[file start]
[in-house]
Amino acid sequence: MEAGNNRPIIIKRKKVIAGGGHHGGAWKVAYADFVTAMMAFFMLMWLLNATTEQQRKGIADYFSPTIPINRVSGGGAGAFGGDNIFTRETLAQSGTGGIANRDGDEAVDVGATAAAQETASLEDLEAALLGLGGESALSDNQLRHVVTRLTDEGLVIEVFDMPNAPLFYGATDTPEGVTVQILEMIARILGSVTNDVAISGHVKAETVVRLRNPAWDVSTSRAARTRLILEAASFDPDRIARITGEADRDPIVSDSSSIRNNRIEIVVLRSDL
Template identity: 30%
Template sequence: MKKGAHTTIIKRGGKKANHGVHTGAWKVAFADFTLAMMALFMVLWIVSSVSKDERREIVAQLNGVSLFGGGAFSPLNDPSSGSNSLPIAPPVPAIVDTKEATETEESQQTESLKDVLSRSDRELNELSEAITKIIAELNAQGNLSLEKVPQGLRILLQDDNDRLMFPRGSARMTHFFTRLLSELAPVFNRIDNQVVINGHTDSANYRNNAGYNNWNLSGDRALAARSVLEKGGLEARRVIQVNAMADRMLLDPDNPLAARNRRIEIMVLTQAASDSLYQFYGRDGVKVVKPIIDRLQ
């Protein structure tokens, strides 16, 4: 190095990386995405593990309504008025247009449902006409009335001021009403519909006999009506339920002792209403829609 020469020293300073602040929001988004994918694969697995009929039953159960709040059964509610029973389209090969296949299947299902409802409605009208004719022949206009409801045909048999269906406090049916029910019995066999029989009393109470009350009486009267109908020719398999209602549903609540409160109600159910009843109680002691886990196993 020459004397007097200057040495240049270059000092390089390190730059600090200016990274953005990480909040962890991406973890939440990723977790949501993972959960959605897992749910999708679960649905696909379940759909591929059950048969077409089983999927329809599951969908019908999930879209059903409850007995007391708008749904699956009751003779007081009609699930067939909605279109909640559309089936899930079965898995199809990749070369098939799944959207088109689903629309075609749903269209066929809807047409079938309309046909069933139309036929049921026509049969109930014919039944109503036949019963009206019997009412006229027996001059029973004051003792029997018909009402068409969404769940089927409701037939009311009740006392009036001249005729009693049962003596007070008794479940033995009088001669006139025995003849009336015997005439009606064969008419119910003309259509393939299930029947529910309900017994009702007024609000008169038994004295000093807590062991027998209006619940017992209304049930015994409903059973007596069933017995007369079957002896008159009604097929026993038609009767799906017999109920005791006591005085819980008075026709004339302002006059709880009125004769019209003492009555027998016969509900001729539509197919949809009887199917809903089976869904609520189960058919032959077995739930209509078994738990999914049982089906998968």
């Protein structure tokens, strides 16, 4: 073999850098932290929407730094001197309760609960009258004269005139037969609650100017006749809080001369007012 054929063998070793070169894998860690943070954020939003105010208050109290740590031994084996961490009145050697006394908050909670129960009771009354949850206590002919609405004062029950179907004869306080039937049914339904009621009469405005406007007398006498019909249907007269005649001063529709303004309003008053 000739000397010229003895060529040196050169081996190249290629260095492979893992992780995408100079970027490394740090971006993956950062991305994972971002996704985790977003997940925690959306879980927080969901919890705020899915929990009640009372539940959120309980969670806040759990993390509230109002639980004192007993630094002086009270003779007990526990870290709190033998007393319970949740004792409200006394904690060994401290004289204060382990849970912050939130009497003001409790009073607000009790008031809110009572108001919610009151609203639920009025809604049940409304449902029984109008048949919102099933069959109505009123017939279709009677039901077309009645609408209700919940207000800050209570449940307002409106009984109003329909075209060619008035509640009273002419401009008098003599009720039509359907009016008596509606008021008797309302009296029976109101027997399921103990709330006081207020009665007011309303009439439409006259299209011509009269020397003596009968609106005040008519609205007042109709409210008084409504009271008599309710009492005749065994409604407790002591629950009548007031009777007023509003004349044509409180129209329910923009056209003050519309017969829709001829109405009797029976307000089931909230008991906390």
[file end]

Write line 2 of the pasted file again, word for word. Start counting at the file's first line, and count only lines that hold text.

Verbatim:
Amino acid sequence: MEAGNNRPIIIKRKKVIAGGGHHGGAWKVAYADFVTAMMAFFMLMWLLNATTEQQRKGIADYFSPTIPINRVSGGGAGAFGGDNIFTRETLAQSGTGGIANRDGDEAVDVGATAAAQETASLEDLEAALLGLGGESALSDNQLRHVVTRLTDEGLVIEVFDMPNAPLFYGATDTPEGVTVQILEMIARILGSVTNDVAISGHVKAETVVRLRNPAWDVSTSRAARTRLILEAASFDPDRIARITGEADRDPIVSDSSSIRNNRIEIVVLRSDL